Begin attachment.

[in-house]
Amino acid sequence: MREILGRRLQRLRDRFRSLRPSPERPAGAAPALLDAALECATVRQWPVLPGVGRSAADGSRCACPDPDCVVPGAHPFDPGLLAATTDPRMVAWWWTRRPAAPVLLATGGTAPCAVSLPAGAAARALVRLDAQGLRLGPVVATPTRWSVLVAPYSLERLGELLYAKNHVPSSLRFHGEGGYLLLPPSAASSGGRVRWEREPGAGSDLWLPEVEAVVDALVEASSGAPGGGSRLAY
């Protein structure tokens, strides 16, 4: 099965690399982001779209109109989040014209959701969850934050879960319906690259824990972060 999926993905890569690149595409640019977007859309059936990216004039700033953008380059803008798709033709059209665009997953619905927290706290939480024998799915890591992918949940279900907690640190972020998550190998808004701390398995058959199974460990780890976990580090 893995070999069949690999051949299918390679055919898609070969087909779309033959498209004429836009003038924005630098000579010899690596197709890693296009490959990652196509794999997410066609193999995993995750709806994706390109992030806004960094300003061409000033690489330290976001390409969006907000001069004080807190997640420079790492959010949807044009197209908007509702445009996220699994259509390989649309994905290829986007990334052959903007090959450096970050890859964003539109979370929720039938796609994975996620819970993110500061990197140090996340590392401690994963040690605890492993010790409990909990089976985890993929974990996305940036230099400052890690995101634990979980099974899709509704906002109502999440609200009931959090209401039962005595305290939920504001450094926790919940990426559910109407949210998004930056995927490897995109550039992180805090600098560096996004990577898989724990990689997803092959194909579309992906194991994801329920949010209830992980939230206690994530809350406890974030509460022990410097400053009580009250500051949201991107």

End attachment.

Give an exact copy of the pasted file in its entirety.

[in-house]
Amino acid sequence: MREILGRRLQRLRDRFRSLRPSPERPAGAAPALLDAALECATVRQWPVLPGVGRSAADGSRCACPDPDCVVPGAHPFDPGLLAATTDPRMVAWWWTRRPAAPVLLATGGTAPCAVSLPAGAAARALVRLDAQGLRLGPVVATPTRWSVLVAPYSLERLGELLYAKNHVPSSLRFHGEGGYLLLPPSAASSGGRVRWEREPGAGSDLWLPEVEAVVDALVEASSGAPGGGSRLAY
């Protein structure tokens, strides 16, 4: 099965690399982001779209109109989040014209959701969850934050879960319906690259824990972060 999926993905890569690149595409640019977007859309059936990216004039700033953008380059803008798709033709059209665009997953619905927290706290939480024998799915890591992918949940279900907690640190972020998550190998808004701390398995058959199974460990780890976990580090 893995070999069949690999051949299918390679055919898609070969087909779309033959498209004429836009003038924005630098000579010899690596197709890693296009490959990652196509794999997410066609193999995993995750709806994706390109992030806004960094300003061409000033690489330290976001390409969006907000001069004080807190997640420079790492959010949807044009197209908007509702445009996220699994259509390989649309994905290829986007990334052959903007090959450096970050890859964003539109979370929720039938796609994975996620819970993110500061990197140090996340590392401690994963040690605890492993010790409990909990089976985890993929974990996305940036230099400052890690995101634990979980099974899709509704906002109502999440609200009931959090209401039962005595305290939920504001450094926790919940990426559910109407949210998004930056995927490897995109550039992180805090600098560096996004990577898989724990990689997803092959194909579309992906194991994801329920949010209830992980939230206690994530809350406890974030509460022990410097400053009580009250500051949201991107």